In the last 7 years or so there has been quite a bit of work on parallel machine learning approaches, enough that I felt like a summary might be helpful both for myself and others. In each case, I put in the earliest known citation. If I missed something please comment.
One basic dividing line between parallel approaches is single-machine vs. multi-machine. Multi-machine approaches offer the potential for much greater improvements than single-machine approaches, but generally suffer from a lower bandwidth between components of the parallelized process.
Amongst single machine approaches, GPU-based learning is the dominant form of parallelism. For many algorithms, this can provide an easy 10x speedup, with the limits being programming (GPUs are special), the amount of GPU RAM (12GB for a K40), the bandwidth to the GPU interface, and your algorithms needing care as new architectures come out. I’m not sure who first started using GPUs for machine learning.
Another important characteristic of parallel approaches is deterministic vs. nondeterministic. When you run the same algorithm twice, do you always get the same result? Leon Bottou tells me that he thinks reproducibility is worth a factor of 2. I personally would rate it somewhat higher, just because debugging is such an intrinsic part of using machine learning algorithms and the debuggability of nondeterministic algorithms is greatly impaired.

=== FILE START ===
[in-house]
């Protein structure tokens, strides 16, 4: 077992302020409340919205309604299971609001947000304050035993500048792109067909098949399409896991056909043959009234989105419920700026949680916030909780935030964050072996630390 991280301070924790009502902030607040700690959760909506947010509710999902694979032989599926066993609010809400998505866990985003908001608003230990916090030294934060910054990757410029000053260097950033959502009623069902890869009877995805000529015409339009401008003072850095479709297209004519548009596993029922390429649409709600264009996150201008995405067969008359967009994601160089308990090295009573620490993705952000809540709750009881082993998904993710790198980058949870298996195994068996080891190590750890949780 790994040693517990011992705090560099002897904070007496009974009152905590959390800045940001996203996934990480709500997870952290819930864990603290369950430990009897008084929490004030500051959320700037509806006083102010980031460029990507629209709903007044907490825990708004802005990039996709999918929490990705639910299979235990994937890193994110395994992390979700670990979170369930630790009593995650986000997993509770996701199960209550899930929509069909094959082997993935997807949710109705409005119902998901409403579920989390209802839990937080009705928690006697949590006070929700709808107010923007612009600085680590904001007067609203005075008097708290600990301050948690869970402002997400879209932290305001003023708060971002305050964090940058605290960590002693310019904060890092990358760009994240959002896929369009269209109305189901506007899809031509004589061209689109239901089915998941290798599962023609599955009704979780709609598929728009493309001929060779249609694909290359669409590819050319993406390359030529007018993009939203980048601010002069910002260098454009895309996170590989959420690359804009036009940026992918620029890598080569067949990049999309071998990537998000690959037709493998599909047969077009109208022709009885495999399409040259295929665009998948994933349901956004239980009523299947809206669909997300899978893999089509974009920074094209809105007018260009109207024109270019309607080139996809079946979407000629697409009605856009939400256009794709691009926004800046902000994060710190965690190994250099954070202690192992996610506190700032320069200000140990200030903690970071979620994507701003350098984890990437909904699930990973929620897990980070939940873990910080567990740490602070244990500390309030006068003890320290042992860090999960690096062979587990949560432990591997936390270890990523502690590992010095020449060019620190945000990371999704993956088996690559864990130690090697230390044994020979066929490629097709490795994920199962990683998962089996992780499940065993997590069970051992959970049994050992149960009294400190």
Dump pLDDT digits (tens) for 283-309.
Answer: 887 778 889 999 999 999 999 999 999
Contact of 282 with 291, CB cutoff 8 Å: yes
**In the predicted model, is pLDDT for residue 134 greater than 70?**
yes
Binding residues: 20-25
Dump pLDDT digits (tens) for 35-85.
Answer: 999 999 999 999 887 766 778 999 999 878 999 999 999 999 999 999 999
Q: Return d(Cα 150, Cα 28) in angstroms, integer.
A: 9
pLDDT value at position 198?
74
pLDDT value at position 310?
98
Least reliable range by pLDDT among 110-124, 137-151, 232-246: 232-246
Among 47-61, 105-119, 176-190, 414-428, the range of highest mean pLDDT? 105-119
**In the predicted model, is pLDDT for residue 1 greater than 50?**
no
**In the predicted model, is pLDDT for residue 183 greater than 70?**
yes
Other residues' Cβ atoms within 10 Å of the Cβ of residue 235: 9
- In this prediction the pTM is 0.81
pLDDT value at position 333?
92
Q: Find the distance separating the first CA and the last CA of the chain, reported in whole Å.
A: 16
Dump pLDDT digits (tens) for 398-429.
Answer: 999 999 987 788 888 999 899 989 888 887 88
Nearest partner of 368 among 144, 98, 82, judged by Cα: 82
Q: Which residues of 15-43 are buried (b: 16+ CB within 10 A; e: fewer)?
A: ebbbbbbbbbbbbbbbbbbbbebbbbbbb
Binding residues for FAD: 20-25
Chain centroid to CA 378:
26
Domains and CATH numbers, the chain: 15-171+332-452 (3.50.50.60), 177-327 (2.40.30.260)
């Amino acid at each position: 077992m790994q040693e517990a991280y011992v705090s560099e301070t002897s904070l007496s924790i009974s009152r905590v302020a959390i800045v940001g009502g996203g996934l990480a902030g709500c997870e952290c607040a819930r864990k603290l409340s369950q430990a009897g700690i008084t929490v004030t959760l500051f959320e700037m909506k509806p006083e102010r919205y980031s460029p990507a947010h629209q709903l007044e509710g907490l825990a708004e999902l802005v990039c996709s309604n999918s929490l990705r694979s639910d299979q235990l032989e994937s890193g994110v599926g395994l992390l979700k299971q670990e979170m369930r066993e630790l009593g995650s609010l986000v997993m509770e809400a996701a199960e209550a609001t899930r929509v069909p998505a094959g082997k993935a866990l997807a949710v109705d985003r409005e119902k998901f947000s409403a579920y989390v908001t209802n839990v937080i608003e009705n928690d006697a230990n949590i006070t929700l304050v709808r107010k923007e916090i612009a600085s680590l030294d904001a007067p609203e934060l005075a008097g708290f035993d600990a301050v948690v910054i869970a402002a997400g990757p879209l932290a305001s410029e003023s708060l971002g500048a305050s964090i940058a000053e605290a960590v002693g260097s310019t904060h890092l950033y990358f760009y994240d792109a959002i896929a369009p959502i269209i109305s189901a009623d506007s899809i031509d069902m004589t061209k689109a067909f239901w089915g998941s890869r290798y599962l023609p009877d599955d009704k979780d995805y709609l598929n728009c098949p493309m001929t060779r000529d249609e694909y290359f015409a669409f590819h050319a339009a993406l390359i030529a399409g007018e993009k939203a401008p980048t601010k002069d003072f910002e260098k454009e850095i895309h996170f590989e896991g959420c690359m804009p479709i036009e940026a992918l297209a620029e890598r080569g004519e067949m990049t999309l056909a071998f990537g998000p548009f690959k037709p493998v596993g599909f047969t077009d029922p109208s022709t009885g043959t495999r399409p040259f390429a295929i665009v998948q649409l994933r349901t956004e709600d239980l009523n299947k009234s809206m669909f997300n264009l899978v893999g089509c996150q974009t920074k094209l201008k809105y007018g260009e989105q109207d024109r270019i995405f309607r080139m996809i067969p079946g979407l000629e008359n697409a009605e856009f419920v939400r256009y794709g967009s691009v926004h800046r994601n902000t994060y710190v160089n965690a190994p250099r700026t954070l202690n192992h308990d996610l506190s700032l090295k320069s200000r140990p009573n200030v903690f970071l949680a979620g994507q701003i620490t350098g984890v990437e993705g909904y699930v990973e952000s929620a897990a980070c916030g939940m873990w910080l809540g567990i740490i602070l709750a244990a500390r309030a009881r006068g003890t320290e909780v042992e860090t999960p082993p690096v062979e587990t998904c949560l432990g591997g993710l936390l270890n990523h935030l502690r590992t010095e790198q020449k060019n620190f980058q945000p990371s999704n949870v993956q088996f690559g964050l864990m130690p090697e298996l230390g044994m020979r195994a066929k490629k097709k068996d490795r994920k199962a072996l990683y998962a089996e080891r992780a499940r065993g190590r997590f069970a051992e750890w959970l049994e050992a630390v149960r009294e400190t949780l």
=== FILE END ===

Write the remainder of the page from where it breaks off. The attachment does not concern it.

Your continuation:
- MPI gradient aggregation (See here (2007).) Accumulate gradient statistics in parallel and use a good solver to find a good solution. There are two weaknesses here:
- Batch solvers are slow compared to online gradient descent approaches, at least for the first pass.
- Large datasets typically do not sit in MPI clusters. There are good reasons for this—MPI clusters are typically not designed for heavy data work.
- Map-Reduce statistical query algorithms. The first paper (2007) of this sort was single machine, but it obviously applied to map-reduce clusters of the time starting the Mahout project. This addressed the second problem of the MPI approach, but not the first (batch algorithms are slow), and created a new problem (iteration and communication are slow in a map-reduce setting).